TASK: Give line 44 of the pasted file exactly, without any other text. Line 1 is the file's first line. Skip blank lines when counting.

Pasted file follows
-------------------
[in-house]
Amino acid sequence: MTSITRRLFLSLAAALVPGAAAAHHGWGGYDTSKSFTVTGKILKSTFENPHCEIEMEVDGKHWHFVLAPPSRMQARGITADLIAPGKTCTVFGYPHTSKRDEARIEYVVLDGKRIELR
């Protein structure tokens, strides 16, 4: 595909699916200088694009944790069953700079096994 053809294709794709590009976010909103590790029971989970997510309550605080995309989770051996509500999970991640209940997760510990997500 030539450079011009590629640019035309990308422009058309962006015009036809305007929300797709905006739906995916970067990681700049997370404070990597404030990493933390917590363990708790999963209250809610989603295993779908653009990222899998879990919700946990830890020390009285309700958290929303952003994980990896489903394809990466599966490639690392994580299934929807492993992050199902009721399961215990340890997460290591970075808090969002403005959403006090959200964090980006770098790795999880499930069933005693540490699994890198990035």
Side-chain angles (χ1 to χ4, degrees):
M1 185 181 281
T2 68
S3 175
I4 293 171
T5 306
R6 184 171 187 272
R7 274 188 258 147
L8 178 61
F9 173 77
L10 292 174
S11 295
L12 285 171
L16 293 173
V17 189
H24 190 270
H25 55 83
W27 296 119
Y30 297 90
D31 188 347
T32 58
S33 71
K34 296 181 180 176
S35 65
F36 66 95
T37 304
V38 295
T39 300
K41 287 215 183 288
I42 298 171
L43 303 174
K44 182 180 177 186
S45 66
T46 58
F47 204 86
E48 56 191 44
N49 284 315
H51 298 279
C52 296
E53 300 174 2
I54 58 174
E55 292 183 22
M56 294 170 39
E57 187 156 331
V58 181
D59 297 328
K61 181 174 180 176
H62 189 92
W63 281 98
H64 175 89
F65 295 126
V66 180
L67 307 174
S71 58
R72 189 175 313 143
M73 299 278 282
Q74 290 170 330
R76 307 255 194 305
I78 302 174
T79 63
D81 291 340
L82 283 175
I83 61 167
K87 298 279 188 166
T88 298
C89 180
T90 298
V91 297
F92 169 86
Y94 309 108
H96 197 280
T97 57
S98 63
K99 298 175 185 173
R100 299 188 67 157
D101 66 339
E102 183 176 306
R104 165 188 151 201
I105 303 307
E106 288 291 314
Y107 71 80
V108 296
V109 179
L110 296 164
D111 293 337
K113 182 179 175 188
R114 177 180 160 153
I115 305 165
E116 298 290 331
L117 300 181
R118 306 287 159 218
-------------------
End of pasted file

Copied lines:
I54 58 174